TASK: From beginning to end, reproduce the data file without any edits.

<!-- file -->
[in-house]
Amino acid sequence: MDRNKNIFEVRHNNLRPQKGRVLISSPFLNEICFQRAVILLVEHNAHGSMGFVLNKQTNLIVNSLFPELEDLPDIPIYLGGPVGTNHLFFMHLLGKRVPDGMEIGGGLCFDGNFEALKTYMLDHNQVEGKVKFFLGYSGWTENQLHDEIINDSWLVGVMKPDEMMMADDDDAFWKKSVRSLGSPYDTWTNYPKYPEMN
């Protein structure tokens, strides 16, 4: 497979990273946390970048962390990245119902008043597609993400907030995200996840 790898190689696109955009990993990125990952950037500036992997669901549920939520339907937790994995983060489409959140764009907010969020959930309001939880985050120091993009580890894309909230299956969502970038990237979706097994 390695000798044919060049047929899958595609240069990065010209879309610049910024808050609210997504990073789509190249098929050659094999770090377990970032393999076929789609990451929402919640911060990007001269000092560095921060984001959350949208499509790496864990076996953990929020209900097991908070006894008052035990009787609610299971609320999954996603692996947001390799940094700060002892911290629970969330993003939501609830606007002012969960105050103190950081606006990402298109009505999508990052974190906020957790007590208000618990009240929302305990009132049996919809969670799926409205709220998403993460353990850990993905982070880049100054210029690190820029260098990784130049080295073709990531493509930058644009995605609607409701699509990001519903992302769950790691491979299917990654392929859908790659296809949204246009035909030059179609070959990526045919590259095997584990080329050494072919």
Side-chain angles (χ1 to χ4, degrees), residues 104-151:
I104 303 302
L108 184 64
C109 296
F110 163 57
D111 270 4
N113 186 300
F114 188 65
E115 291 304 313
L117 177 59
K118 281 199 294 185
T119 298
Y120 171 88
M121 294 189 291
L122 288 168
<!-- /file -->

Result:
[in-house]
Amino acid sequence: MDRNKNIFEVRHNNLRPQKGRVLISSPFLNEICFQRAVILLVEHNAHGSMGFVLNKQTNLIVNSLFPELEDLPDIPIYLGGPVGTNHLFFMHLLGKRVPDGMEIGGGLCFDGNFEALKTYMLDHNQVEGKVKFFLGYSGWTENQLHDEIINDSWLVGVMKPDEMMMADDDDAFWKKSVRSLGSPYDTWTNYPKYPEMN
């Protein structure tokens, strides 16, 4: 497979990273946390970048962390990245119902008043597609993400907030995200996840 790898190689696109955009990993990125990952950037500036992997669901549920939520339907937790994995983060489409959140764009907010969020959930309001939880985050120091993009580890894309909230299956969502970038990237979706097994 390695000798044919060049047929899958595609240069990065010209879309610049910024808050609210997504990073789509190249098929050659094999770090377990970032393999076929789609990451929402919640911060990007001269000092560095921060984001959350949208499509790496864990076996953990929020209900097991908070006894008052035990009787609610299971609320999954996603692996947001390799940094700060002892911290629970969330993003939501609830606007002012969960105050103190950081606006990402298109009505999508990052974190906020957790007590208000618990009240929302305990009132049996919809969670799926409205709220998403993460353990850990993905982070880049100054210029690190820029260098990784130049080295073709990531493509930058644009995605609607409701699509990001519903992302769950790691491979299917990654392929859908790659296809949204246009035909030059179609070959990526045919590259095997584990080329050494072919």
Side-chain angles (χ1 to χ4, degrees), residues 104-151:
I104 303 302
L108 184 64
C109 296
F110 163 57
D111 270 4
N113 186 300
F114 188 65
E115 291 304 313
L117 177 59
K118 281 199 294 185
T119 298
Y120 171 88
M121 294 189 291
L122 288 168